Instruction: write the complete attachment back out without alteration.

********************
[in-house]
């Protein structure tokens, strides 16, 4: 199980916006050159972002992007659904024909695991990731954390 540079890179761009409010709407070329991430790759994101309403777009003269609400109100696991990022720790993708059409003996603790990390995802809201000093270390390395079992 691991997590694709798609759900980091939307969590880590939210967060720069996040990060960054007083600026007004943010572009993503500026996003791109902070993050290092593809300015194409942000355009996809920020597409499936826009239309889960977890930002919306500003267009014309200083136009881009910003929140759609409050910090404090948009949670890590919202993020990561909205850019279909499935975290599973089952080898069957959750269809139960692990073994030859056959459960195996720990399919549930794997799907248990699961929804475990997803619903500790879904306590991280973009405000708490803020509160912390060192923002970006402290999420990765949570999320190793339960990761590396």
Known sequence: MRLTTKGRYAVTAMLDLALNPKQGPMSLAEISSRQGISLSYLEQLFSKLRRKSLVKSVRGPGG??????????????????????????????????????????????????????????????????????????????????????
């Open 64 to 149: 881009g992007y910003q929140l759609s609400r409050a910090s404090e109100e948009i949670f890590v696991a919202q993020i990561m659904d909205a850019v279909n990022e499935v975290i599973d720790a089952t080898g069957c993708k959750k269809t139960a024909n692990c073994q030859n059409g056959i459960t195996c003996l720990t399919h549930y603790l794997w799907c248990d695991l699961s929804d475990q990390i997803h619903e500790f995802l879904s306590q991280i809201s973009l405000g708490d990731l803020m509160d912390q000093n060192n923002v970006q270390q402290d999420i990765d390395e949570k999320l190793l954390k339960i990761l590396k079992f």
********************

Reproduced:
[in-house]
């Protein structure tokens, strides 16, 4: 199980916006050159972002992007659904024909695991990731954390 540079890179761009409010709407070329991430790759994101309403777009003269609400109100696991990022720790993708059409003996603790990390995802809201000093270390390395079992 691991997590694709798609759900980091939307969590880590939210967060720069996040990060960054007083600026007004943010572009993503500026996003791109902070993050290092593809300015194409942000355009996809920020597409499936826009239309889960977890930002919306500003267009014309200083136009881009910003929140759609409050910090404090948009949670890590919202993020990561909205850019279909499935975290599973089952080898069957959750269809139960692990073994030859056959459960195996720990399919549930794997799907248990699961929804475990997803619903500790879904306590991280973009405000708490803020509160912390060192923002970006402290999420990765949570999320190793339960990761590396």
Known sequence: MRLTTKGRYAVTAMLDLALNPKQGPMSLAEISSRQGISLSYLEQLFSKLRRKSLVKSVRGPGG??????????????????????????????????????????????????????????????????????????????????????
């Open 64 to 149: 881009g992007y910003q929140l759609s609400r409050a910090s404090e109100e948009i949670f890590v696991a919202q993020i990561m659904d909205a850019v279909n990022e499935v975290i599973d720790a089952t080898g069957c993708k959750k269809t139960a024909n692990c073994q030859n059409g056959i459960t195996c003996l720990t399919h549930y603790l794997w799907c248990d695991l699961s929804d475990q990390i997803h619903e500790f995802l879904s306590q991280i809201s973009l405000g708490d990731l803020m509160d912390q000093n060192n923002v970006q270390q402290d999420i990765d390395e949570k999320l190793l954390k339960i990761l590396k079992f």